Companies that provide car insurance to Maryland motorists are prohibited from using a person’s credit score in deciding whether to write them a policy. But companies may use credit scores in setting a policyholder’s premium.
The result, critics contend, is that certain car owners face higher premiums than they should.
Two state lawmakers hope this is the year the General Assembly outlaws the use of credit scores in setting car insurance rates. Two nearly identical bills have been introduced to achieve that goal — one by Del. Melissa Wells (D-Baltimore City), the other by Del. Jay Jalisi (D-Baltimore County).
Wells said many of her constituents don’t see a legitimate connection between credit scores and driving history. “Car insurances rates being astronomically high is one of the things I hear people talking about most often,” she said. The lawmaker recalled that her premiums nearly doubled when she moved from Washington, D.C., to Maryland.
The insurance industry vigorously defends the use of credit scores and has successfully fought legislation such as Wells’ numerous times since 2008. Insurers often point to a 2007 study by the Federal Trade Commission to buttress their argument.
“(Credit) scores effectively predict the number of claims consumers file and the total cost of those claims,” the commission concluded. “Their use is likely to make the price of insurance better match the risk of loss that consumers pose. Thus, on average, as a result of the use of scores, higher-risk consumers pay higher premiums and lower-risk consumers pay lower premiums.”
The same report acknowledged that the use of credit scores adversely impacted certain racial and ethnic groups.
“[A]s a group, African-Americans and Hispanics tend to have lower (credit) scores than non-Hispanic whites and Asians,” researchers wrote. “Therefore, the use of scores likely leads to African-Americans and Hispanics paying relatively more for automobile insurance than non-Hispanic whites and Asians.”
Nancy Egan, head of Mid-Atlantic government relations for the American Property Casualty Insurance Association, said in an interview that Maryland has a more robust and competitive insurance industry because of the factors companies can consider. There are 140 companies writing policies here, more than double the number in Massachusetts, a larger state with more restrictive regulations.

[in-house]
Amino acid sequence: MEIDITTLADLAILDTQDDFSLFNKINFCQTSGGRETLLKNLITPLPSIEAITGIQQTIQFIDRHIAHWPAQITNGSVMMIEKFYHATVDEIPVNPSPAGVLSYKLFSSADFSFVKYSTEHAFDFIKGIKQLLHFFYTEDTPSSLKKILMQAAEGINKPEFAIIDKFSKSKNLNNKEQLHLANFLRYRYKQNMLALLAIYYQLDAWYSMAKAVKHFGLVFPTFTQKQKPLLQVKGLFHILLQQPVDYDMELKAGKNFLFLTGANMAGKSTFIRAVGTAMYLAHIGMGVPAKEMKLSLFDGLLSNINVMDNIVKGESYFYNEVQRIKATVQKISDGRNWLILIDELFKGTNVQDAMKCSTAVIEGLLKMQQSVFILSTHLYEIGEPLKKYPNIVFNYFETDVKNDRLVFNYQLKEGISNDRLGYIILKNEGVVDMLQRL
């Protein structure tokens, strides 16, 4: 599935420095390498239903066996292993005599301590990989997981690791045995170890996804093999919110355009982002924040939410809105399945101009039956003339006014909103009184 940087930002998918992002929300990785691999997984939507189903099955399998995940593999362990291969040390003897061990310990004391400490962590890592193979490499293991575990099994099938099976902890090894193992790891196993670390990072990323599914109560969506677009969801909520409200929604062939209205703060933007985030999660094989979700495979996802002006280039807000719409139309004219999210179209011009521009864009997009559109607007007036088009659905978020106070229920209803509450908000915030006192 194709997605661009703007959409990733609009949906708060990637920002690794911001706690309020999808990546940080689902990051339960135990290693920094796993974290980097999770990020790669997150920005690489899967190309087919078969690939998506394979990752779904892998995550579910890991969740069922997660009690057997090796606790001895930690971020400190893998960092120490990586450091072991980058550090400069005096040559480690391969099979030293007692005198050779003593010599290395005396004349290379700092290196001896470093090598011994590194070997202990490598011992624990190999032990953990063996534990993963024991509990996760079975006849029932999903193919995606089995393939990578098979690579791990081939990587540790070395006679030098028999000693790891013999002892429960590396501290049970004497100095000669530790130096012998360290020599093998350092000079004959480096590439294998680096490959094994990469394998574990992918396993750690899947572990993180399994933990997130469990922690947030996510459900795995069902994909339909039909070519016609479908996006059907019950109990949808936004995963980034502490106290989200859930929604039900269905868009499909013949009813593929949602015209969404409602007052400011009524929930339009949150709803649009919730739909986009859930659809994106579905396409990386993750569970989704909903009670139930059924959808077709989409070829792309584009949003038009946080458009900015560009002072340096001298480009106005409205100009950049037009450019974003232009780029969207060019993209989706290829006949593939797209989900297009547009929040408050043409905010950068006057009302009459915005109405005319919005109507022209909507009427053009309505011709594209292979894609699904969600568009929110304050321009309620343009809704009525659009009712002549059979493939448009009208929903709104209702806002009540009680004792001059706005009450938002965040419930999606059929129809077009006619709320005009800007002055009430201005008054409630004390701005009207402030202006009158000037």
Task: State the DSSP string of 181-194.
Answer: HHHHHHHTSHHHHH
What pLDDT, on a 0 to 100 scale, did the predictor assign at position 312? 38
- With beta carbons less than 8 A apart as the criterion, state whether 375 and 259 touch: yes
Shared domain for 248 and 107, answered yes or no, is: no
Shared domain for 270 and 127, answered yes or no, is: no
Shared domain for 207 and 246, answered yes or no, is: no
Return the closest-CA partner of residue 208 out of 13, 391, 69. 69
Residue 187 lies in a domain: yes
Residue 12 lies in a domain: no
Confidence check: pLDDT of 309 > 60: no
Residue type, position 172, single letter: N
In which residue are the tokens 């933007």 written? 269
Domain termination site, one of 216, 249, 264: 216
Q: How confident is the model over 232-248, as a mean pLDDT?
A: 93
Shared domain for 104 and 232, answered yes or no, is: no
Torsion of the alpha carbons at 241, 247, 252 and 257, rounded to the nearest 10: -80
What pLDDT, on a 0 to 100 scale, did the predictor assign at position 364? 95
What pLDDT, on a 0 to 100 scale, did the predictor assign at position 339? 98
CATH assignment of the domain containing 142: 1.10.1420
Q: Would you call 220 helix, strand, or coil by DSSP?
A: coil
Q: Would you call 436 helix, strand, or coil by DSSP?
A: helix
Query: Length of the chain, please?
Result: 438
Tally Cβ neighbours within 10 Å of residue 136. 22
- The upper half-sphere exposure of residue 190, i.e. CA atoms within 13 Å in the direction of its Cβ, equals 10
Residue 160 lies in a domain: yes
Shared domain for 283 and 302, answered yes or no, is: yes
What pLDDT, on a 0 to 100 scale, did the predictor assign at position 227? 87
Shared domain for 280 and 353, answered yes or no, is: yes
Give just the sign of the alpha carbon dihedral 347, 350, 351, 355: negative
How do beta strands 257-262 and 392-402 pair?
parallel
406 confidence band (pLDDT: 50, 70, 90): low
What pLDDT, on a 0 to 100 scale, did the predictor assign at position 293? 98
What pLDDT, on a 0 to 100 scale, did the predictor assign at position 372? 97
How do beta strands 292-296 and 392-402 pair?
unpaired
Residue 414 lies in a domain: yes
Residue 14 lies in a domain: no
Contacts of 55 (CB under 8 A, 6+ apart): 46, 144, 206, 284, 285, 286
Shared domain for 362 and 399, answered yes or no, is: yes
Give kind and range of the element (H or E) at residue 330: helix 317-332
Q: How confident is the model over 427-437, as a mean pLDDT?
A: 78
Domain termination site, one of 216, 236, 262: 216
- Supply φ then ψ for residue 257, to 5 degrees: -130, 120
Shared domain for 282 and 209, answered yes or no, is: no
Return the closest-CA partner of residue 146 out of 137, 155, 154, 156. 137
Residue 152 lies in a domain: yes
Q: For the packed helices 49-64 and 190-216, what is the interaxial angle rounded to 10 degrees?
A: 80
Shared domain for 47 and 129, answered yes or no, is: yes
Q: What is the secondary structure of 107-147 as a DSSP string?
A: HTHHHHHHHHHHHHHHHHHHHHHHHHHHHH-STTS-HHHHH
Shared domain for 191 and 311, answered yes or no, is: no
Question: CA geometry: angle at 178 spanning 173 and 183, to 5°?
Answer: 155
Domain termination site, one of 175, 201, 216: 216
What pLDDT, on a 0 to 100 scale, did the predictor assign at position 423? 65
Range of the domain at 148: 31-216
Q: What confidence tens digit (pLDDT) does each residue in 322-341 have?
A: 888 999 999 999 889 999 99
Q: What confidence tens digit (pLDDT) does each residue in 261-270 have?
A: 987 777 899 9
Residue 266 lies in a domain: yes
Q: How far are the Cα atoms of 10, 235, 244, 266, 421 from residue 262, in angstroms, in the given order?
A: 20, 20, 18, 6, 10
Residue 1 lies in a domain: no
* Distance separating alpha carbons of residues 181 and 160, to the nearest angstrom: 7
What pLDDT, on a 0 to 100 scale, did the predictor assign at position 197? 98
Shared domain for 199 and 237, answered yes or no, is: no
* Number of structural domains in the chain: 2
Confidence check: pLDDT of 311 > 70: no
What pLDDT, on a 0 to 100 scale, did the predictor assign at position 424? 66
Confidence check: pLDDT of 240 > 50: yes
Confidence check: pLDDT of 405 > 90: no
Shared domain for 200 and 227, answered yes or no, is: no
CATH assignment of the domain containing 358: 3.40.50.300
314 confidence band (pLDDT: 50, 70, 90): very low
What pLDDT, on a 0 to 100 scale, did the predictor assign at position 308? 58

“Maryland law is great because if you have bad credit when you start the policy, they do need to review your credit every two years, and if your credit improves, then they have to offer you a better rate based on your better credit,” Egan said.
She also pointed to a 2019 Maryland Insurance Administration report which found that “the use of credit results in a premium decrease for substantially more policyholders than those that experience a premium increase due to credit.”
Both bills had hearings on Feb. 17. The House Economic Matters Committee pulled Wells’ bill from a voting list on Monday to give the panel time to consider two amendments. One provision, from the National Council of Insurance Legislators, would allow consumers to request relief due to a catastrophic event, serious illness, death of a family member, divorce, identity theft, job loss or military deployment.
Credit history is just one of several factors insurers can consider in determining a person’s premium in Maryland, but it can be a significant one. According to an analysis of Wells’ legislation by the Department of Legislative Services, an insurer that uses an applicant’s credit history may provide a discount or impose a surcharge of up to 40% based on the individual’s score.
Vermont legislators were told in 2017 that a ban on the use of credit scores would cost the average motorist $33 more per year.
The insurance commissioner in Washington state adopted a rule last month prohibiting insurers from using credit scoring for three years after COVID-19 financial protections end, money.com reported.
The prohibition followed a 2020 study by the Consumer Federation of America, which found that good drivers in Washington state with a poor credit rating paid 79% more for mandatory auto insurance than drivers with excellent credit.
“I just don’t think it’s fair to good drivers to punish them if they’ve had some credit difficulty,” said Gov. Jay Inslee (D), according to the Associated Press. The Washington state ban takes effect on Friday.
A proposal similar to Wells’ died in committee in 2019 and 2021.
Asked whether she’s concerned that some motorists might pay more if her legislation were adopted, Wells said the insurance industry is too shadowy to be able to draw firm conclusions. “It’s like a black box,” she said. “There’s not enough (information) outside the black box to understand what’s actually happening.”
Normally lawmakers with identical bills join forces. Wells said she was unaware that Jalisi, who was reprimanded by the General Assembly in 2019 for mistreating his staff, had introduced comparable legislation.